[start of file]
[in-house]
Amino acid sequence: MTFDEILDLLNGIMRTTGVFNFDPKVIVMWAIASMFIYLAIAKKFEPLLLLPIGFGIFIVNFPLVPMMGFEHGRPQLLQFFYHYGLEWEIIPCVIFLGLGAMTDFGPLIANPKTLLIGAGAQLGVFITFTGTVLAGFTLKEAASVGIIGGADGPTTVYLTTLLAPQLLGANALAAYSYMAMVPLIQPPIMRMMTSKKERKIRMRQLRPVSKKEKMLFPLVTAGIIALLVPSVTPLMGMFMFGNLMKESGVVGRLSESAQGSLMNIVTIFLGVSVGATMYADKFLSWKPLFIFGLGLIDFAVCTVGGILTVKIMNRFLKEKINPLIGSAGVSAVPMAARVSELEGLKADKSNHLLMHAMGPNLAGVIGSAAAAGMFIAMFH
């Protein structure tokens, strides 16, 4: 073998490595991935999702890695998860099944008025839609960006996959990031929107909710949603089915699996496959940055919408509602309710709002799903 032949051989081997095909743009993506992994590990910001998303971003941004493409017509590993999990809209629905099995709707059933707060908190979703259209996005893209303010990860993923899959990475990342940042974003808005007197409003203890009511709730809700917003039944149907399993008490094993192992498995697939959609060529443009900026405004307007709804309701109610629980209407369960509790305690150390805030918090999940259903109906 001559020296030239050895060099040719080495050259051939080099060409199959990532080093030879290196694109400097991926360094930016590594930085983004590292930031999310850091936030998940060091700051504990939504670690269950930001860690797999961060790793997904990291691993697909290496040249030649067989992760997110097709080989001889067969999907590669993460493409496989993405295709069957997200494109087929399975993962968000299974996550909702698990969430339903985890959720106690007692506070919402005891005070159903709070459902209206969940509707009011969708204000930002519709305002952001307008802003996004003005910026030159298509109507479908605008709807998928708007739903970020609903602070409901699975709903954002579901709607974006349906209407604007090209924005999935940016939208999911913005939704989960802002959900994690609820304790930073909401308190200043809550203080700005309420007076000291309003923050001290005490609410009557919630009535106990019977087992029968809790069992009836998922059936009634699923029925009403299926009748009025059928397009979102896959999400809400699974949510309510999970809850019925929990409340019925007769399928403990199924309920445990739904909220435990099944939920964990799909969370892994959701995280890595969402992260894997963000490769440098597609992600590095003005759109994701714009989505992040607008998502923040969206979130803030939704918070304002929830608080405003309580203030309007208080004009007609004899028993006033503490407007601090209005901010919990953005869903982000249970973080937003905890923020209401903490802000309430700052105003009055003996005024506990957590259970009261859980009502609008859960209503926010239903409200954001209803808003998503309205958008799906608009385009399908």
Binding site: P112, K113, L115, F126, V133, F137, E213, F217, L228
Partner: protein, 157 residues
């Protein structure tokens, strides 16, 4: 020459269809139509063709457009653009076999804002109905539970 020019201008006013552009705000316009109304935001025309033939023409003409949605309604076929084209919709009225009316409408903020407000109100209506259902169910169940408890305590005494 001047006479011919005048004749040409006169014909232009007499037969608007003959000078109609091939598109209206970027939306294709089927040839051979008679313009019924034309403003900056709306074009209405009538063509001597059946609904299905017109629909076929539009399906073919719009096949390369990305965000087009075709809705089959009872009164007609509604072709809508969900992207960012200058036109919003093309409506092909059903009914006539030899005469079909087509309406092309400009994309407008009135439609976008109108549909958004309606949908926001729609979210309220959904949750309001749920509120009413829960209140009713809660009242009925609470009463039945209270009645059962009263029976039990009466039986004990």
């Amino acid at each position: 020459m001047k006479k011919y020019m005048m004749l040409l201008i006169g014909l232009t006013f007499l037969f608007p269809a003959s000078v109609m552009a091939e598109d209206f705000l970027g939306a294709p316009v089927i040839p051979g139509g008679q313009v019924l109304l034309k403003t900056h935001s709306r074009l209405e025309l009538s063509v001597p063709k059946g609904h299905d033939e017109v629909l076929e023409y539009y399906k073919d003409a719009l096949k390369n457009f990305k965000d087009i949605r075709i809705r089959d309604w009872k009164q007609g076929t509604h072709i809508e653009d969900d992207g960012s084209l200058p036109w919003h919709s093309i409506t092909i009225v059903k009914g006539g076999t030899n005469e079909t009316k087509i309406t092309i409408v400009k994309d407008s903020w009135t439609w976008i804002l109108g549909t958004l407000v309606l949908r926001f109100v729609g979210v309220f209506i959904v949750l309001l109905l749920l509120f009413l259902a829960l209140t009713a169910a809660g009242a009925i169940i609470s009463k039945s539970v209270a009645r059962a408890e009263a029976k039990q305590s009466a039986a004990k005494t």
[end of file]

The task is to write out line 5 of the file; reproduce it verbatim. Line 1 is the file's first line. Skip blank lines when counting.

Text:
Partner: protein, 157 residues